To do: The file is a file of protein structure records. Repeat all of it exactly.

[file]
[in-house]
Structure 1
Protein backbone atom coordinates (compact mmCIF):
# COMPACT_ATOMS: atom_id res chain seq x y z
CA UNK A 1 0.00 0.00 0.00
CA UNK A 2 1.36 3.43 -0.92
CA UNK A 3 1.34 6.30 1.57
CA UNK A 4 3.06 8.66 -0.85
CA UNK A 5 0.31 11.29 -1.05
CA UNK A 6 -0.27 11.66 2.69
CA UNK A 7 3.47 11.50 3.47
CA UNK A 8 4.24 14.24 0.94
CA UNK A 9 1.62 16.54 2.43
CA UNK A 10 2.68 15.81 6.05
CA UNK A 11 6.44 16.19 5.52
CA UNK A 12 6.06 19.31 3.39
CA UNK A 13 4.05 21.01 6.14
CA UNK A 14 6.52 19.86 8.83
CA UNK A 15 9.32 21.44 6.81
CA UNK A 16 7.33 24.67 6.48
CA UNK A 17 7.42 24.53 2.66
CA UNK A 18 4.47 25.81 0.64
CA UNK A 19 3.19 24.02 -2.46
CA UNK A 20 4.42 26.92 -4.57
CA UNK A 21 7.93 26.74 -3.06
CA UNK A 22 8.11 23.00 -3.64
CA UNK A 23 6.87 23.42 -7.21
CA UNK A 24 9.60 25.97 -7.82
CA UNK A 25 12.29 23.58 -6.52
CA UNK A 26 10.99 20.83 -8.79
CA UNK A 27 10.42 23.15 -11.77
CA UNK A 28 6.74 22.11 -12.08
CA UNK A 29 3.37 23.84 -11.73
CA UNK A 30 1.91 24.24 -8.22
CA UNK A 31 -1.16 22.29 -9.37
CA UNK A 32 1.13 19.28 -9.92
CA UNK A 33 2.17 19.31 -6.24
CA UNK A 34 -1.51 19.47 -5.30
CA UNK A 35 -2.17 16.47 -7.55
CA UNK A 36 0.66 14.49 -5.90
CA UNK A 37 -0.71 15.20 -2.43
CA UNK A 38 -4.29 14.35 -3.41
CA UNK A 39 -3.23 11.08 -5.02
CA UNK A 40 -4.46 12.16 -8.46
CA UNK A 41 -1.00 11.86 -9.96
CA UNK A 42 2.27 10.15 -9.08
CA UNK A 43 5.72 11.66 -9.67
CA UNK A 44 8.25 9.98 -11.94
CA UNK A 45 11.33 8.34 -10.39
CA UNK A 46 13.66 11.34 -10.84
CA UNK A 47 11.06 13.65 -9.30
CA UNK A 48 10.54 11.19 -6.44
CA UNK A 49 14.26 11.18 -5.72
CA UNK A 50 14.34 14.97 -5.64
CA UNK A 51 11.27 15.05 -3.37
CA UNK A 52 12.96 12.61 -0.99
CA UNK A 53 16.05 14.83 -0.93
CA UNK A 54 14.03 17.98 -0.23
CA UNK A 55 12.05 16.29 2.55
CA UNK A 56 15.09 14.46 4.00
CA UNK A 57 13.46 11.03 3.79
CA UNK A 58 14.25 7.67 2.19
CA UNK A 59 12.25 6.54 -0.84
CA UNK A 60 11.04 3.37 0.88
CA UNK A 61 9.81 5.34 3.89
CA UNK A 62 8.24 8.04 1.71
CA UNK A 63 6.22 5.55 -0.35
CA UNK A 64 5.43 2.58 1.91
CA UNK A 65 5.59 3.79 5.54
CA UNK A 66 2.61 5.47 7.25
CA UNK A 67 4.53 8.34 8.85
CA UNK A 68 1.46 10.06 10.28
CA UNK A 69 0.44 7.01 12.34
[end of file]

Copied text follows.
[in-house]
Structure 1
Protein backbone atom coordinates (compact mmCIF):
# COMPACT_ATOMS: atom_id res chain seq x y z
CA UNK A 1 0.00 0.00 0.00
CA UNK A 2 1.36 3.43 -0.92
CA UNK A 3 1.34 6.30 1.57
CA UNK A 4 3.06 8.66 -0.85
CA UNK A 5 0.31 11.29 -1.05
CA UNK A 6 -0.27 11.66 2.69
CA UNK A 7 3.47 11.50 3.47
CA UNK A 8 4.24 14.24 0.94
CA UNK A 9 1.62 16.54 2.43
CA UNK A 10 2.68 15.81 6.05
CA UNK A 11 6.44 16.19 5.52
CA UNK A 12 6.06 19.31 3.39
CA UNK A 13 4.05 21.01 6.14
CA UNK A 14 6.52 19.86 8.83
CA UNK A 15 9.32 21.44 6.81
CA UNK A 16 7.33 24.67 6.48
CA UNK A 17 7.42 24.53 2.66
CA UNK A 18 4.47 25.81 0.64
CA UNK A 19 3.19 24.02 -2.46
CA UNK A 20 4.42 26.92 -4.57
CA UNK A 21 7.93 26.74 -3.06
CA UNK A 22 8.11 23.00 -3.64
CA UNK A 23 6.87 23.42 -7.21
CA UNK A 24 9.60 25.97 -7.82
CA UNK A 25 12.29 23.58 -6.52
CA UNK A 26 10.99 20.83 -8.79
CA UNK A 27 10.42 23.15 -11.77
CA UNK A 28 6.74 22.11 -12.08
CA UNK A 29 3.37 23.84 -11.73
CA UNK A 30 1.91 24.24 -8.22
CA UNK A 31 -1.16 22.29 -9.37
CA UNK A 32 1.13 19.28 -9.92
CA UNK A 33 2.17 19.31 -6.24
CA UNK A 34 -1.51 19.47 -5.30
CA UNK A 35 -2.17 16.47 -7.55
CA UNK A 36 0.66 14.49 -5.90
CA UNK A 37 -0.71 15.20 -2.43
CA UNK A 38 -4.29 14.35 -3.41
CA UNK A 39 -3.23 11.08 -5.02
CA UNK A 40 -4.46 12.16 -8.46
CA UNK A 41 -1.00 11.86 -9.96
CA UNK A 42 2.27 10.15 -9.08
CA UNK A 43 5.72 11.66 -9.67
CA UNK A 44 8.25 9.98 -11.94
CA UNK A 45 11.33 8.34 -10.39
CA UNK A 46 13.66 11.34 -10.84
CA UNK A 47 11.06 13.65 -9.30
CA UNK A 48 10.54 11.19 -6.44
CA UNK A 49 14.26 11.18 -5.72
CA UNK A 50 14.34 14.97 -5.64
CA UNK A 51 11.27 15.05 -3.37
CA UNK A 52 12.96 12.61 -0.99
CA UNK A 53 16.05 14.83 -0.93
CA UNK A 54 14.03 17.98 -0.23
CA UNK A 55 12.05 16.29 2.55
CA UNK A 56 15.09 14.46 4.00
CA UNK A 57 13.46 11.03 3.79
CA UNK A 58 14.25 7.67 2.19
CA UNK A 59 12.25 6.54 -0.84
CA UNK A 60 11.04 3.37 0.88
CA UNK A 61 9.81 5.34 3.89
CA UNK A 62 8.24 8.04 1.71
CA UNK A 63 6.22 5.55 -0.35
CA UNK A 64 5.43 2.58 1.91
CA UNK A 65 5.59 3.79 5.54
CA UNK A 66 2.61 5.47 7.25
CA UNK A 67 4.53 8.34 8.85
CA UNK A 68 1.46 10.06 10.28
CA UNK A 69 0.44 7.01 12.34